LONDON — A House of Lords committee on Brexit is expected to call for the government to put a transitional deal in place with the European Union to ease the process of leaving the bloc.
The Guardian reports on Wednesday that the committee will publish a report on Thursday warning that thousands of banking jobs will be lost if a transition deal is not put in place as banks need certainty and will relocate jobs to the continent if trade negotiations look like they will drag on.
The House of Lords report is set to be the latest warning that thousands of finance jobs could be lost if a transition deal is not put in place. It is also yet another voice in the growing chorus calling for such a deal.
Bank of England Governor Mark Carney and Chancellor Philip Hammond have been the most prominent figures calling for a transition deal. Hammond told the Treasury Select Committee earlier this week that there is an “emerging view” that “having a longer period to manage the adjustment between where we are now as full members of the EU and where we get to in the future as a result of negotiations would be generally helpful.”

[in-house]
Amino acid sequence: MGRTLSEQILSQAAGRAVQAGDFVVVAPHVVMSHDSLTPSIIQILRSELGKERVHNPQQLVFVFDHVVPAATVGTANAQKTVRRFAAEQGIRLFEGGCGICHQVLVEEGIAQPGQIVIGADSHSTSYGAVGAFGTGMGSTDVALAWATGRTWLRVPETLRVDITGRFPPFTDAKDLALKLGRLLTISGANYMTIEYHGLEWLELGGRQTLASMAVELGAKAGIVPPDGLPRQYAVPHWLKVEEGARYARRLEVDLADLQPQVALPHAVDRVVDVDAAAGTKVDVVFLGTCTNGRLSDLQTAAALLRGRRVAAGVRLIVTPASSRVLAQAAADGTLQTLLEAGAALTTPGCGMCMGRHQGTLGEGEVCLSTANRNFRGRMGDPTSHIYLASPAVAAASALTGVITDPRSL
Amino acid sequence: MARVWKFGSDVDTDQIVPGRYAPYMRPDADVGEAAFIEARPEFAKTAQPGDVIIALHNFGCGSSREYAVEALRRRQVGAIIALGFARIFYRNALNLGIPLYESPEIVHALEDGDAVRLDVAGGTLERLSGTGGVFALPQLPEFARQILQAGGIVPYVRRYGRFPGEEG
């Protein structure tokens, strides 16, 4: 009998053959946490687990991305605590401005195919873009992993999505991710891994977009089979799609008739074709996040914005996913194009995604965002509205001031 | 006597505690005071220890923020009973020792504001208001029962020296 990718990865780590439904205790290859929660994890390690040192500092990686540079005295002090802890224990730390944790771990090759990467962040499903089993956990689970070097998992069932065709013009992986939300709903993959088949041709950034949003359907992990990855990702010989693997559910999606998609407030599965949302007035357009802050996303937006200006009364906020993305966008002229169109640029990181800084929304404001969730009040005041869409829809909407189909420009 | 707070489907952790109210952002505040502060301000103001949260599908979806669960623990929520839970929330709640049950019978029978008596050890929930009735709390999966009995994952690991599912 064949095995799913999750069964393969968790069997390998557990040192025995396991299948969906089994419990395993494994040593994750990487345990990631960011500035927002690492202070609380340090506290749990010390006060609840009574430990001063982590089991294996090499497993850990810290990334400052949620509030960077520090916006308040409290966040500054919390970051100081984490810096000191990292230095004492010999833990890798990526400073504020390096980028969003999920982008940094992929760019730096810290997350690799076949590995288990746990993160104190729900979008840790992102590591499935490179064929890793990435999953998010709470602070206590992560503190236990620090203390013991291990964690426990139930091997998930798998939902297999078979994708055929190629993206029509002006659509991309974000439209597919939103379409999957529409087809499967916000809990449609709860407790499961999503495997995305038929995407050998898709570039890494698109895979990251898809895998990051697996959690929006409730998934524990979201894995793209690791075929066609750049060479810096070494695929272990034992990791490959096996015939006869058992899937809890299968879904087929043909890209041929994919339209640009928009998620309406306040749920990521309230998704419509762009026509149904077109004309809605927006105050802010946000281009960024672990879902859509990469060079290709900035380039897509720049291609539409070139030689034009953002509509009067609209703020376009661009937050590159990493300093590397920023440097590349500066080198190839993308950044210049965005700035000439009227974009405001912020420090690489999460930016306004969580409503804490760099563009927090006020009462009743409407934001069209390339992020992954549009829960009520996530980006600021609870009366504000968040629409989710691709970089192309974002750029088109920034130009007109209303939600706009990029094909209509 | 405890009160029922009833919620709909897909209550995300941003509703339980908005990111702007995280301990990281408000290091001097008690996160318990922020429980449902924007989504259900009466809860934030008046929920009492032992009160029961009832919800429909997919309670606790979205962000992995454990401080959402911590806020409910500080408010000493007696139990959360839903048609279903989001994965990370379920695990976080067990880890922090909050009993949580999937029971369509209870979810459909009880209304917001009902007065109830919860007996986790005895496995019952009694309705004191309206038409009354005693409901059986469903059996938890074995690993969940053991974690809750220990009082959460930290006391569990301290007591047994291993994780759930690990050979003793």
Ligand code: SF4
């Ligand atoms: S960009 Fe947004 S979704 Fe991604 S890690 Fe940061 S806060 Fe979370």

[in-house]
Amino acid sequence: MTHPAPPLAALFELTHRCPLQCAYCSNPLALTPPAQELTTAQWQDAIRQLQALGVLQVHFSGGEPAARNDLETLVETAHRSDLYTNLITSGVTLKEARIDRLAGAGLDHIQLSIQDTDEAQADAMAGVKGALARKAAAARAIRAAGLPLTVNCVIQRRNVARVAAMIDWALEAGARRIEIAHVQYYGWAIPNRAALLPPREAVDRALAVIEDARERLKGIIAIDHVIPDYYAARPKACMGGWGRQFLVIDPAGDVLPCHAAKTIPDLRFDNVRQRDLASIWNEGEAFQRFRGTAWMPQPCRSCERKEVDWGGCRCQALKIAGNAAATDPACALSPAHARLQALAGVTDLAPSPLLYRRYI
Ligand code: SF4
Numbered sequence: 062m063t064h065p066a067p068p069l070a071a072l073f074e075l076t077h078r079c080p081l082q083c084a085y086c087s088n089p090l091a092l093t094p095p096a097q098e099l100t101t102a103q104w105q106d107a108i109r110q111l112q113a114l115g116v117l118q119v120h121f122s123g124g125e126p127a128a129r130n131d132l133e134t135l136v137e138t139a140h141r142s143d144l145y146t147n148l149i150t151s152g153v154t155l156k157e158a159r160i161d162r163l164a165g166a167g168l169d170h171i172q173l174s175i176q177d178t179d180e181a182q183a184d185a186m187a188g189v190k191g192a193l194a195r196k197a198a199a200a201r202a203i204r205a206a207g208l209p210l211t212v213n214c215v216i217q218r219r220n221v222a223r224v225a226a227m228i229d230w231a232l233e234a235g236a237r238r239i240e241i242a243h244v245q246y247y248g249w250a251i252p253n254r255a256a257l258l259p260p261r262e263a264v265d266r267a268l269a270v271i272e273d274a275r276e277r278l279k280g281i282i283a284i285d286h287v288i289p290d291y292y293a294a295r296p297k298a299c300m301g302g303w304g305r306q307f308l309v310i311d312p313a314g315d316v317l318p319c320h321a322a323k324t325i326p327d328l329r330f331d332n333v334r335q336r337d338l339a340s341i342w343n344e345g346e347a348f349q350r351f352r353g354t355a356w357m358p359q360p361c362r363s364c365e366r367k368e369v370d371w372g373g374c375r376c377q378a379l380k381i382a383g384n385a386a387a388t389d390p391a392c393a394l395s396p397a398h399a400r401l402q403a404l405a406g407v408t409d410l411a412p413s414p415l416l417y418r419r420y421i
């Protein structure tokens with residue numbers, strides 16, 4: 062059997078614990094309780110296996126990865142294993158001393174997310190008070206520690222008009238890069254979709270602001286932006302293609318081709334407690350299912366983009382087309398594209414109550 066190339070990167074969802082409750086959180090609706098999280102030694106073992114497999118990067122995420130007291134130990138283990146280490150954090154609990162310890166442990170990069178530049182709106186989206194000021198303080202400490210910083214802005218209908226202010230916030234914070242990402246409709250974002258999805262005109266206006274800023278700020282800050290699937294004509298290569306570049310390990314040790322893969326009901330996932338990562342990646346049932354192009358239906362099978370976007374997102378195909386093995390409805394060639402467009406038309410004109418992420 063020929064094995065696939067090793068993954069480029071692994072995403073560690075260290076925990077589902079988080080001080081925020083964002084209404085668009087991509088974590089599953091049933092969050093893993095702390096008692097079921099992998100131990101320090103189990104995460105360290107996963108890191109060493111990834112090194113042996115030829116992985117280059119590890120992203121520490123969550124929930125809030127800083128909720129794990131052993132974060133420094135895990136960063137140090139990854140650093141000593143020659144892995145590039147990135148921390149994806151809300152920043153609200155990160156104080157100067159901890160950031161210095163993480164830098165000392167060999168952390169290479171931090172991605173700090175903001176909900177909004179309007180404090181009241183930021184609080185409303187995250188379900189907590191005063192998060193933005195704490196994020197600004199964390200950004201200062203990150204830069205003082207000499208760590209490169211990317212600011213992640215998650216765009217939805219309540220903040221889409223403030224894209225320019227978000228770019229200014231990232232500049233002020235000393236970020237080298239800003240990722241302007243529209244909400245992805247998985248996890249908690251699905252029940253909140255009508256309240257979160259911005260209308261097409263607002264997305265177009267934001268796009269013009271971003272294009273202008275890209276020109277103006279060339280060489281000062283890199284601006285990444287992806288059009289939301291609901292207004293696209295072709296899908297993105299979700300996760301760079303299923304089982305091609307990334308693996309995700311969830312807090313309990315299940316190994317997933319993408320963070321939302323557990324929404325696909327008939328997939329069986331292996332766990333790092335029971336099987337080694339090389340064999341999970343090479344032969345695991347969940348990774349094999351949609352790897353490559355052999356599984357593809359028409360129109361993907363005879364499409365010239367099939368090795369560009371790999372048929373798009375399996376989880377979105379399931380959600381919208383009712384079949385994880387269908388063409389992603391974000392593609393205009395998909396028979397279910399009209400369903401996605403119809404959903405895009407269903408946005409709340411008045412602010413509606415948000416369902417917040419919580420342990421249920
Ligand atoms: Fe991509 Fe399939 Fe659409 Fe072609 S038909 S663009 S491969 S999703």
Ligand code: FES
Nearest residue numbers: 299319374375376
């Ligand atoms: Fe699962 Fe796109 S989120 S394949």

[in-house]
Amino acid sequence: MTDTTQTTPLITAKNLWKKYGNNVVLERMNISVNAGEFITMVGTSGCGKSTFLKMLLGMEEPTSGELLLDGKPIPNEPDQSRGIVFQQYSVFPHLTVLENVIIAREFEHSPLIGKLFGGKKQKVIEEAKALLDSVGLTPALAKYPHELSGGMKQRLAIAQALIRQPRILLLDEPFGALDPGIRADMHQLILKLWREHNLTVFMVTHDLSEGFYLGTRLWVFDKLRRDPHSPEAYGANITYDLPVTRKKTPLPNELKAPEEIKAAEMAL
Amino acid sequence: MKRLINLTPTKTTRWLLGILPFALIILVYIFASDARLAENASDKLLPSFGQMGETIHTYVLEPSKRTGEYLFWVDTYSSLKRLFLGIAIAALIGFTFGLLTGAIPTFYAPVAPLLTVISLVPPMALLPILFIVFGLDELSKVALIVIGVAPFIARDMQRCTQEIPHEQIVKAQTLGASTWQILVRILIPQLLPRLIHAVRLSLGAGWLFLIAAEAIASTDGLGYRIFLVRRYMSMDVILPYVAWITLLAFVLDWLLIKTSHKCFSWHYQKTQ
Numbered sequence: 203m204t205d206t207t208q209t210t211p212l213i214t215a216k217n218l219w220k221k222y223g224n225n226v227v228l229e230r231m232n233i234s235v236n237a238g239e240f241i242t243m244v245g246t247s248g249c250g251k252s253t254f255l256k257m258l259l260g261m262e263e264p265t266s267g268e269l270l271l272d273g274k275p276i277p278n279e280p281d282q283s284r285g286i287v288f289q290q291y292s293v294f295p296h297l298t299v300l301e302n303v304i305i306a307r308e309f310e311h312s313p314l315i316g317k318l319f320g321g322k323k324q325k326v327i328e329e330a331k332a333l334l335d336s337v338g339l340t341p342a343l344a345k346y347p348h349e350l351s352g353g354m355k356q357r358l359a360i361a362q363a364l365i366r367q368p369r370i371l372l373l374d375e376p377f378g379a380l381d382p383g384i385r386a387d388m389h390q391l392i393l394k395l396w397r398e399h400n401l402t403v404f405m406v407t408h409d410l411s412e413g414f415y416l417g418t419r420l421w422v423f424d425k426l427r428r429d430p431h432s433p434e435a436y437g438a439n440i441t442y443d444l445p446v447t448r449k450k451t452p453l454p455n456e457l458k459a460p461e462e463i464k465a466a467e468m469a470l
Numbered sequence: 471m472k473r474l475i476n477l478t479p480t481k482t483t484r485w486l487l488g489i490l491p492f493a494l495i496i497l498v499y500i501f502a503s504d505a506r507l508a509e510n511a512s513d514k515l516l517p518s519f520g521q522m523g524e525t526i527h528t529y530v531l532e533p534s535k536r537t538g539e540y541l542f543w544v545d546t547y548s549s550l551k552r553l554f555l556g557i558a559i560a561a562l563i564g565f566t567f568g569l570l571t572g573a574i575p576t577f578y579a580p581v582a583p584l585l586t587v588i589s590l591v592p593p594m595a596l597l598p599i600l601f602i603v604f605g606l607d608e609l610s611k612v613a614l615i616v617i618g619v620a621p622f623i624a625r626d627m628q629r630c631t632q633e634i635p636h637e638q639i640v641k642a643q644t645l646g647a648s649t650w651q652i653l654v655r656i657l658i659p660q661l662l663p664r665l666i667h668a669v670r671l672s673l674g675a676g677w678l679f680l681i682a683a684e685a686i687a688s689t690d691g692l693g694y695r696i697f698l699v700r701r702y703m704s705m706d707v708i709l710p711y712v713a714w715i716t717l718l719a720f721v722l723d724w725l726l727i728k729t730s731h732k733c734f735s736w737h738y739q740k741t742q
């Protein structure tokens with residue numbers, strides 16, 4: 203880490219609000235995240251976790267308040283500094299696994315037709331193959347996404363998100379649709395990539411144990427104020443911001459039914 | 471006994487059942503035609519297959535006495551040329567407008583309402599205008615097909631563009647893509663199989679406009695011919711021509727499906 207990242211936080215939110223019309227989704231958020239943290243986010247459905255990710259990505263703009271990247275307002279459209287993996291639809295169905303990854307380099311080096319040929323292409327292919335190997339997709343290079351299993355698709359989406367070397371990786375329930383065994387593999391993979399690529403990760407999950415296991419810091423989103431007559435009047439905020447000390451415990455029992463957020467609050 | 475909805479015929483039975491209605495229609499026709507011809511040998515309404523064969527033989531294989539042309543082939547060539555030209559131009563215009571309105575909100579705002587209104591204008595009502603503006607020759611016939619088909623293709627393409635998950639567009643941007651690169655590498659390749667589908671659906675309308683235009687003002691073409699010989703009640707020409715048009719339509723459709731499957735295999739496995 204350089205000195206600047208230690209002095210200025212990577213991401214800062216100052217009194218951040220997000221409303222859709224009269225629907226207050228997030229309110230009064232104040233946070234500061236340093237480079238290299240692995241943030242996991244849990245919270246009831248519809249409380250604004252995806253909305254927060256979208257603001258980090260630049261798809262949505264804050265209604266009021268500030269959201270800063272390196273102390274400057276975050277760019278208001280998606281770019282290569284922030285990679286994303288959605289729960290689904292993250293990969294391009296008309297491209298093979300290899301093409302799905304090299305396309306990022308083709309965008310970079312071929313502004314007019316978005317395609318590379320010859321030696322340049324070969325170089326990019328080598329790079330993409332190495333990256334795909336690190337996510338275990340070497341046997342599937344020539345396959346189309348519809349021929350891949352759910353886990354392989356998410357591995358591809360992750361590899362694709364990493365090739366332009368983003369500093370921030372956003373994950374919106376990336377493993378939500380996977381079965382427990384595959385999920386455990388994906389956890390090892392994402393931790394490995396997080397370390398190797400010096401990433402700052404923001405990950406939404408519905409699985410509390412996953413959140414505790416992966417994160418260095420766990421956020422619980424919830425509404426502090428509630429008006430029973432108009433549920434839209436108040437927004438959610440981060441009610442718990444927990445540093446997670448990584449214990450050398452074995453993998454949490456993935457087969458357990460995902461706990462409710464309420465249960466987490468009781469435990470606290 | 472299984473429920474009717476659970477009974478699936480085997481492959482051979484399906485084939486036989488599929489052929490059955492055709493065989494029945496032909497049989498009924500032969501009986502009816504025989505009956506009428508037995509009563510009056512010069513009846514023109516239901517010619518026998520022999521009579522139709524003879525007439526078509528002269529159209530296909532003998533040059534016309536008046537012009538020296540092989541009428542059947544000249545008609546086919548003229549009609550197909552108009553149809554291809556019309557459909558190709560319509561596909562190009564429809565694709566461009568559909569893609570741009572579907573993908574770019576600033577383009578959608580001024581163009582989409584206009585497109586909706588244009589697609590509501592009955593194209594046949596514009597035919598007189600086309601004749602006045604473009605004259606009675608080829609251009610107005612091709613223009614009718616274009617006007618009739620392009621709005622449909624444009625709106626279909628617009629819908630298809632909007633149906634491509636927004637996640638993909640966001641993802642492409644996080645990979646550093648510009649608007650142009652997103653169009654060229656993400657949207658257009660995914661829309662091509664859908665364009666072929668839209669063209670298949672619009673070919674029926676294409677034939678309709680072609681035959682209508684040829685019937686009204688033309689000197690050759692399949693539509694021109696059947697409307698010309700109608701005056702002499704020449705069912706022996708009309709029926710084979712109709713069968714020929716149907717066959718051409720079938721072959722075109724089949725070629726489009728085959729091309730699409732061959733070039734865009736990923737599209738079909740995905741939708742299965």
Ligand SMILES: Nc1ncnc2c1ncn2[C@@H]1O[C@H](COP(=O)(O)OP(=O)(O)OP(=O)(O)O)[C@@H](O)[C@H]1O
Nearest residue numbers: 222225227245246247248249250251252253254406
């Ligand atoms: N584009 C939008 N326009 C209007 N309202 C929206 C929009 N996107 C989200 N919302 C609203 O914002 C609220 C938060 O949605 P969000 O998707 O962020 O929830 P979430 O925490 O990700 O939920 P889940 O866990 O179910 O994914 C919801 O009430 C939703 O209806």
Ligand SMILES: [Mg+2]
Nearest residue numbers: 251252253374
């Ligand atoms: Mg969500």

However, “Hard Brexiters” want Britain to pull out of the EU at the end of the two-year negotiating period mandated for leaving, regardless of whether any trade deals have been reached. The Prime Minister has also signalled that she is unwilling to pursue a transition deal.
At stake for the City is passporting rights and potentially thousands of jobs. Around 5,500 firms with a combined turnover of £9 billion rely on EU rules that allow them to “passport” local licences into other countries and sell their services abroad.
If those rights, are lost thousands of jobs could relocate to places like Paris, Frankfurt, or Dublin, which will retain the rights. A confidential Deutsche Bank briefing document obtained by Business Insider predicted that top banks would look to move out of Britain to elsewhere in Europe as a result of the June 23 Brexit vote.
The Guardian says the Lords committee has been “struck by the urgent need for financial institutions to make decisions” and is alarmed by just how many jobs are at stake. JPMorgan and UBS have already publicly stated that they may have to move thousands of jobs out of the UK as a result of Brexit and Goldman Sachs is said to be considering moving up to 2,000 roles from Britain to the EU.
The boss of the British Bankers’ Association (BBA) wrote in an article earlier this year: “Businesses can’t wait to the last minute. It takes years to move operations. Banks might hope for the best but have to plan for the worst… Their hands are quivering over the relocate button.”